Furnace Mountain is from Virginia (a state which has more musicians per square mile than any other, I do believe), but I found them in New Mexico, of all places. Aimee Curl, bassist and one of two FM voices, spent a bit of time in New Mexico it seems and while maintaining her interest in Furnace Mountain, joined a few other musicians in a band already established known as ThaMusement. ThaMusement were part of a growing circle of musicians and artists under the umbrella of Frogville Records, a collective which released not only albums by ThaMusement but that band's head muse Nathan Moore and an early Furnace Mountain album, as well. Want a thrill? Check out ThaMusement's 2006 album Never Settle For Less—an under the radar classic of outstanding music too good to be categorized Americana.
Well, Curl eventually headed back home to help keep the Furnace (Mountain) going and I for one am glad she did because she led me to Fields of Fescue, an album which instead of looking to the past brings the past to the present. Not that many bands out there really capture old-timey music and weave it into a fabric perfect for today. Hot Rize, maybe, and a few others, but they are few and far between. Sure, there are tons of musicians playing old-timey music, but they make you hear old-timey music. Furnace Mountain (and Hot Rize, etc.) make you hear just music because what they play is so good it defies categorization. I know, I say that about a lot of artists and bands, but there are a lot of great artists and bands out there. And Furnace Mountain is surely among them.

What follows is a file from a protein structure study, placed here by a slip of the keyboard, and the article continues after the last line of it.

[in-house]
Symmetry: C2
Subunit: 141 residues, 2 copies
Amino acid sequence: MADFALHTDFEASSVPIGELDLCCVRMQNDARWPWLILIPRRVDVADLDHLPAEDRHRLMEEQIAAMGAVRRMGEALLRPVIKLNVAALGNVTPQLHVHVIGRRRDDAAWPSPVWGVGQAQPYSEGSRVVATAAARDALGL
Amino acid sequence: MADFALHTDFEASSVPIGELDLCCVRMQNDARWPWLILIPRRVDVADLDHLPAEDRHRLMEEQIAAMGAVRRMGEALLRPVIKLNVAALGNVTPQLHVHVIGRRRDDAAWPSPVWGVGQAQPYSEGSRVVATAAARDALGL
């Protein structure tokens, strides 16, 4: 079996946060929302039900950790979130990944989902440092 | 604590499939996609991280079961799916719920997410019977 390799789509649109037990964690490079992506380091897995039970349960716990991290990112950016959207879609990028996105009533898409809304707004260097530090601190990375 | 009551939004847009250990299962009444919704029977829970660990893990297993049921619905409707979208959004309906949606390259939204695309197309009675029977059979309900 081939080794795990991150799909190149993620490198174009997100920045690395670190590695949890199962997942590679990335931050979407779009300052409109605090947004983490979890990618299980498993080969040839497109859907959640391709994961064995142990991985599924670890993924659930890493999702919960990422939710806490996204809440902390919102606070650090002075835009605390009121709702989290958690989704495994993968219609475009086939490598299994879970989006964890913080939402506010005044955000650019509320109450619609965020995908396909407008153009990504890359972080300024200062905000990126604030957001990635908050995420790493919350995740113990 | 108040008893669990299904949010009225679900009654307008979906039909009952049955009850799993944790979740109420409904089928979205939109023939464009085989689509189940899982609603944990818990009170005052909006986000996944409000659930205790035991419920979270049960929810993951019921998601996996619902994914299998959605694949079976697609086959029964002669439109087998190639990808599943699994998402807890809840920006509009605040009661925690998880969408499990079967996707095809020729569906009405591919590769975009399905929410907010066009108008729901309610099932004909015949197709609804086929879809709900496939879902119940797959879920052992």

It doesn't take you long to hear it, either. The title track, Fields of Fescue, kicks things off and I mean kicks. A David Van Deventer original, its base is jig and reel and there is some serious jigging and reeling going on. A light-hearted and bouncy tune, it allows delicate interplay between Danny Knicely's mandolin and Van Deventer's fiddle until it hits the chorus, at which point everything turns just short of bagpipe in sound and intensity. You want old-timey? They follow that up with the jazzy mountain-bred Rattlesnake/Black Mountain Rag with is hoedown magic (even people who don't like hoedowns are going to love the intricacies here, and that mandolin is killer!). They next take on a folk/backwoods tome titled Winter's Night and the first time I heard it, I thought they could have re-recorded the vocals but now think not. As rough-hewn as the vocals are (ably provided by Curl and Morgan Morrison), they give this song an authenticity you have to hear to believe. A little reel (I think it's a reel), Pretty Little Widow is perfect for some of that folk dancing you hear about people doing now and again, maybe the mountain version of Riverdance" and again that fiddle and mandolin interplay makes the song. Graveyard/John Brown's Dream is another semi-hoedown tune and features the duel fiddle of Knicely and Van Deventer, who by now have jumped to the top of my musicians-to-watch list. Add the feet (that's right, I said "feet") of Megan Downes and the banjo of Jason Romero and you have a damn near perfect track. My dad would have loved this.